11 Reasons to Visit San Francisco’s Most Notorious Neighborhood
Like its namesake filet, the neighborhood of Tenderloin is a prime slice of San Francisco with some hidden gems.
The Tenderloin neighborhood isn’t going to welcome you with open arms. Its guarded and selective nature is exactly why this San Francisco pocket has resisted gentrification and remained a bastion of activism amidst complicated politics and money-wielding players fighting over the neighborhood like, well, a cut of tenderloin. While visitors are often told to “watch your step,” due to street conditions, it’s actually the right idea. Look down, but don’t look down on Tenderloin, because otherwise, you might miss the magic of this neighborhood. These 11 gems scattered throughout this resilient-yet-vulnerable community, will prove why you should add Tenderloin to your San Francisco itinerary.
Visit the Tenderloin National Forest
WHERE: 501 Ellis St
A living testament to the community and the creative souls who live here, the Tenderloin National Forest (TNF) is the perfect place to begin the practice of becoming an observant visitor. It’s tucked away in an alley that once was filled with dumpsters. Residents transformed it into a harbor from busy streets. The first tree planted, a giant redwood, is now a 25-year-old threatening to grow beyond the strict 40-foot height caps in other old neighborhoods.
The city boasts that every resident lives within a ten-minute walk to a park, but with truncated hours, it depends on the day. The TNF is a statement to the lack of green spaces, and residents continue to agitate for more greenways. Go around lunchtime Wednesday through Saturday for a chance to look at the birdhouses, admire the Ohlone-inspired rock mosaic on the forest floor (artist: Rigo 23 ), and catch the occasional concert.
The Lost Landmark Plaques
The Historical Marker Database maps where to find nine easy-to-miss sidewalk tombstones that include the lost library of 15,000 volumes at B’nai Brith, the birth of porn, a suffragette dance hall, and more. Wander at leisure and discover nine locations lost to time and politics.
The Bulldog Bathhouse was a victim of hideous prejudices during the AIDS crisis; you might picture the second-floor mock prison with real cells where gay men could act out fantasies. The California Labor School sent its famed Chorus to serenade picketers but was destroyed by the red scare. Black Hawk jazz greats like Miles, Billie, and the Bird played to both adults and children, the latter separated by chicken wire to comply with underage audience laws. As poet Jamaal May wrote of Detroit, there are birds here still, and even the tall fences on what’s now Boeddeker Park hide steel flowers by artist Amy Blackstone.
Path of Gold
WHERE: Market Street
Bordering the Tenderloin to the southeast, Market Street is dotted with the public’s “favorite street furniture,” according to a board of supervisors’ 1991 meeting. The Path of Gold is a string of 327 light standards, highly ornamental cast iron light poles with glass sodium vapor lamps. The bases feature Arthur Putnam’s imperialist 1916 artworks fittingly titled “The Winning of the West.”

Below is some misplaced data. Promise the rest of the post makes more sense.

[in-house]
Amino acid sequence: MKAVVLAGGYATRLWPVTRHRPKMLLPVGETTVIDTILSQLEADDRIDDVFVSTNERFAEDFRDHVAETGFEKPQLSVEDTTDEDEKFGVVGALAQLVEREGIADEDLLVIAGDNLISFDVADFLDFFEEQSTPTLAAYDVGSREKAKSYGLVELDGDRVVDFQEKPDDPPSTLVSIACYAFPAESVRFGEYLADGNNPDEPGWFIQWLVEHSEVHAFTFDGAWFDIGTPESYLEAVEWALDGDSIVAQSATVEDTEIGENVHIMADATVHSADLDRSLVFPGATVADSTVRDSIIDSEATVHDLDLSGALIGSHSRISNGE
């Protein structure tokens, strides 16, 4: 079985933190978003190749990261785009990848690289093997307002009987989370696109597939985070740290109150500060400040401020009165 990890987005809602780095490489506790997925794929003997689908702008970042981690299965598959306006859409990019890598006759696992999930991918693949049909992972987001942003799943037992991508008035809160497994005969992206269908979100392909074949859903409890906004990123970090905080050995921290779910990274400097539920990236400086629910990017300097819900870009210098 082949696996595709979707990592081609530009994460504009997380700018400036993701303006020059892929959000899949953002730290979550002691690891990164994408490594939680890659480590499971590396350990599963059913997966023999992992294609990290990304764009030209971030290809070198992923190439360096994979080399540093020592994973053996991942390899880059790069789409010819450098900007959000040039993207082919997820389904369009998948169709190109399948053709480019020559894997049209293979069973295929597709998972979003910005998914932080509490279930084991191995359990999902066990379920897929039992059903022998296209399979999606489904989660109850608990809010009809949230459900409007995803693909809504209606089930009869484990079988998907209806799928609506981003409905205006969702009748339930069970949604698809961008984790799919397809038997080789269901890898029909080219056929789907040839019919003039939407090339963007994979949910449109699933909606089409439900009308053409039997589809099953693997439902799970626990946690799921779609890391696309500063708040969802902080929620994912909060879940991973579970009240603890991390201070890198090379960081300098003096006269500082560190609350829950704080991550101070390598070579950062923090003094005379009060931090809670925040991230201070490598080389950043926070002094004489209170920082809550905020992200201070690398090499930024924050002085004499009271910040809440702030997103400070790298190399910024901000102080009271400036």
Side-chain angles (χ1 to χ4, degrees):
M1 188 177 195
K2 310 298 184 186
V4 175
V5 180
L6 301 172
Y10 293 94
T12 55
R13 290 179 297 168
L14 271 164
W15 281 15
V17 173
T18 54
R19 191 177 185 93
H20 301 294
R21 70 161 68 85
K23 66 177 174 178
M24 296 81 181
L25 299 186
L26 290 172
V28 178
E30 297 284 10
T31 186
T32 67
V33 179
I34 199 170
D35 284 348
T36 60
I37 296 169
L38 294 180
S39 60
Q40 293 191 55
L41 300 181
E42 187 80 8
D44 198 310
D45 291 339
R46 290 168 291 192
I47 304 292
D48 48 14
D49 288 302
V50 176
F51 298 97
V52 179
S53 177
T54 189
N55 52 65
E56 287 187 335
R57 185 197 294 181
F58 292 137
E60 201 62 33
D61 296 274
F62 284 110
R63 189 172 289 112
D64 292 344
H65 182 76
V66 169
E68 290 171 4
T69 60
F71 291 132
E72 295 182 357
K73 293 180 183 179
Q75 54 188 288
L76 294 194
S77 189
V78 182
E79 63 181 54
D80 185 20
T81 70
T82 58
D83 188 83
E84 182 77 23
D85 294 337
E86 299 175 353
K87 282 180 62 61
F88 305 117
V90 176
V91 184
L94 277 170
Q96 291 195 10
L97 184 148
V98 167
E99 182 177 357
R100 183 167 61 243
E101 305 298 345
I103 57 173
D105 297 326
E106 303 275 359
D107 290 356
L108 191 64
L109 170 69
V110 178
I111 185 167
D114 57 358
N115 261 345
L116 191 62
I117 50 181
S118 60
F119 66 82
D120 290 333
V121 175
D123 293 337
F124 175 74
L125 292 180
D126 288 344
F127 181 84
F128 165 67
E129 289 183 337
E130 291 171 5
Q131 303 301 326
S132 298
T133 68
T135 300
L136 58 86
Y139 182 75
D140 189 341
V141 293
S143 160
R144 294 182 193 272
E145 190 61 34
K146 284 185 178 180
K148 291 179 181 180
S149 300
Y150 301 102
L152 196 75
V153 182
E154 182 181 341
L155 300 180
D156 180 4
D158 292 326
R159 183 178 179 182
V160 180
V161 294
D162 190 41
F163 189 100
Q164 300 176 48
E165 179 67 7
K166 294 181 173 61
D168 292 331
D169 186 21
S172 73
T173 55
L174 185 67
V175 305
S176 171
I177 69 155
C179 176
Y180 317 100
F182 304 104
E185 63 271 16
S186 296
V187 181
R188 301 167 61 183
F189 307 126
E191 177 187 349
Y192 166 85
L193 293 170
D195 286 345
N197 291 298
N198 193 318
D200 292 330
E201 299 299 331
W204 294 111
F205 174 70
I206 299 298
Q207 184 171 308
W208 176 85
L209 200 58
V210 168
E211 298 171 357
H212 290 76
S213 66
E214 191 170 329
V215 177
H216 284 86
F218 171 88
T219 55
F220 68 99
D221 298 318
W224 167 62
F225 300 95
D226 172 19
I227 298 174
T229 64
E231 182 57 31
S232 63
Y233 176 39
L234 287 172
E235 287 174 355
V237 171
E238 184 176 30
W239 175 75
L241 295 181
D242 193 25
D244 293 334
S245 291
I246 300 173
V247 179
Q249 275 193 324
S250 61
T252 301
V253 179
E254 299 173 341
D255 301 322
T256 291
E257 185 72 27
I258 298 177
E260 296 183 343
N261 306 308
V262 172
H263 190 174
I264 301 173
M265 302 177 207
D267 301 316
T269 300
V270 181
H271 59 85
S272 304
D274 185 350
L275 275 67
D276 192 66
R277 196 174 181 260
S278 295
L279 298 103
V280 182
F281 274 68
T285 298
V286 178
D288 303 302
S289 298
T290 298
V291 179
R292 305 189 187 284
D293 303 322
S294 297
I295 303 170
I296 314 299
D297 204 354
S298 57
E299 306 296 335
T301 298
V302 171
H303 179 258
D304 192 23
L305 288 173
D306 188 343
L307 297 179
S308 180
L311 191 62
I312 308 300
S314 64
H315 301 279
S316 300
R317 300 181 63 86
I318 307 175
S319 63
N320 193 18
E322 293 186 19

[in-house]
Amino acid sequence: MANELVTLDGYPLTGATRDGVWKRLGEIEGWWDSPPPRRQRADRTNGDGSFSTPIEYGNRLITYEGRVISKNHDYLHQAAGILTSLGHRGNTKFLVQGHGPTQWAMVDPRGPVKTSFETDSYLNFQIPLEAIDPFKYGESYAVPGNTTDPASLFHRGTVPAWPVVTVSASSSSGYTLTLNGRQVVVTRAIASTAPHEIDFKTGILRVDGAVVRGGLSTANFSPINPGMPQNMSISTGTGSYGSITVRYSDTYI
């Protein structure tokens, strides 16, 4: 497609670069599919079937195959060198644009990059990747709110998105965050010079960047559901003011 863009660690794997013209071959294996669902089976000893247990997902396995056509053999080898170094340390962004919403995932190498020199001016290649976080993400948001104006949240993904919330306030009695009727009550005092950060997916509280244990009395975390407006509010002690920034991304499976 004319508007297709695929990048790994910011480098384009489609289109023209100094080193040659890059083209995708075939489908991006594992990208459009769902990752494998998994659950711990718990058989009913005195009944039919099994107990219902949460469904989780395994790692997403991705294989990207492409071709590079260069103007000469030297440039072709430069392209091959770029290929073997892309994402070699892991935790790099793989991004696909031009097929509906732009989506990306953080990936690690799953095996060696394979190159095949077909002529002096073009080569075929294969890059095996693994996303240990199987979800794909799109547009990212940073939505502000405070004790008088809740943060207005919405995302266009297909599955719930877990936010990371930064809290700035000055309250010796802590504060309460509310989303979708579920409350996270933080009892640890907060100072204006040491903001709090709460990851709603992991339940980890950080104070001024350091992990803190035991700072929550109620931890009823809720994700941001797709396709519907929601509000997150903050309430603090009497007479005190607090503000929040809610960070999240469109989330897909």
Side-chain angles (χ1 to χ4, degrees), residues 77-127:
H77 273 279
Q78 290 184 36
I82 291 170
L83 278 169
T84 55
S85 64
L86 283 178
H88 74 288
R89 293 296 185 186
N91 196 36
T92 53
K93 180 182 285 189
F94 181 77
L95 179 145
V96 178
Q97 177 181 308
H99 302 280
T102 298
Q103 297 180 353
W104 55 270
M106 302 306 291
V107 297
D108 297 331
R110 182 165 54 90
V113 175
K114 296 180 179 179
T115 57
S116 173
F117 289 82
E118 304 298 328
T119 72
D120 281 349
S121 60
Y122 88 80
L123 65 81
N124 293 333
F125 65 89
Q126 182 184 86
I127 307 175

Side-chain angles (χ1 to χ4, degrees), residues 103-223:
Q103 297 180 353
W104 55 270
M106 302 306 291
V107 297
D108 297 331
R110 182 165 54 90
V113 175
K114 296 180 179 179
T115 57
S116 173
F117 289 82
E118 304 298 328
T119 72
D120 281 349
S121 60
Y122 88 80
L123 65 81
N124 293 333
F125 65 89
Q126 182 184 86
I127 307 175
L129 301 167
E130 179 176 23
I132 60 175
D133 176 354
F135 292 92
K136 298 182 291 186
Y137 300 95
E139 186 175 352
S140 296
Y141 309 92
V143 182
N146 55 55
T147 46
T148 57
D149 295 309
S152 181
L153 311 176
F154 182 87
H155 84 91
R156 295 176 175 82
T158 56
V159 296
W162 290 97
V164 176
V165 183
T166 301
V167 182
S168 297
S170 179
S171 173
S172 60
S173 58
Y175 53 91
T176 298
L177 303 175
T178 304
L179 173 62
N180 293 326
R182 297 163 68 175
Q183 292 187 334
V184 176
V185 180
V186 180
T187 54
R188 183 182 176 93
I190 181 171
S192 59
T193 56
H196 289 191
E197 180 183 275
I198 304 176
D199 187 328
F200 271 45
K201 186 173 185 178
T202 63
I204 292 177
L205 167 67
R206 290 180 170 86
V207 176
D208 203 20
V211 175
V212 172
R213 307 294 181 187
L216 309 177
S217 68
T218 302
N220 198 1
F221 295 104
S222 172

Look closely at the bases for pumas, prospectors, and pioneers; these replicas were installed in 1972, but an original sold in the last decade for over $3,000. When trolleys expanded, the overhead wires weren’t a lick popular; the deal brokered by infamous corrupt politician Abe Ruef involved lining the street with Beaux Art lamps that would illuminate retail spaces. His exploitation and bribery highlight how seediness was increasingly associated and subsequently wrongly attributed to the TL.
WHERE: 650 Geary St
An unusual building sticks out on Geary. The exterior of this 1917 building was commissioned by the Ancient Arabic Order Nobles of Mystic Shrine. The Shriners are a fascinating secret fraternal order who borrowed heavily from Islam and this was their temple. Contemporaries described the façade as something that looked like it grew from crystallization—“mineral kingdom” is an apt description of the ornate decorations.
The architect, T. Patterson Ross, allegedly requested to put his name on the cornerstone and was denied. Arabic letters are traditionally used only for specific sayings and عظيم هو الله ، وعظيم روس المهندس المعماري would be fairly easy to spot over the entryway, but the legend hasn’t been substantiated. Inside , there’s a theater that hosts delightful cabaret and Broadway, and an appointment-only art gallery hosts a collection of local contemporary art.
Aunt Charlie's Lounge
WHERE: 133 Turk St
Dubbed the last LGBTQ+ bar in the Tenderloin, this treasured relic is open daily . This corner of the Tenderloin is the first legally recognized transgender district. Outside, pride flags line the streets and nearby is a plaque devoted to an August 1966 cafeteria riot preceding Stonewall.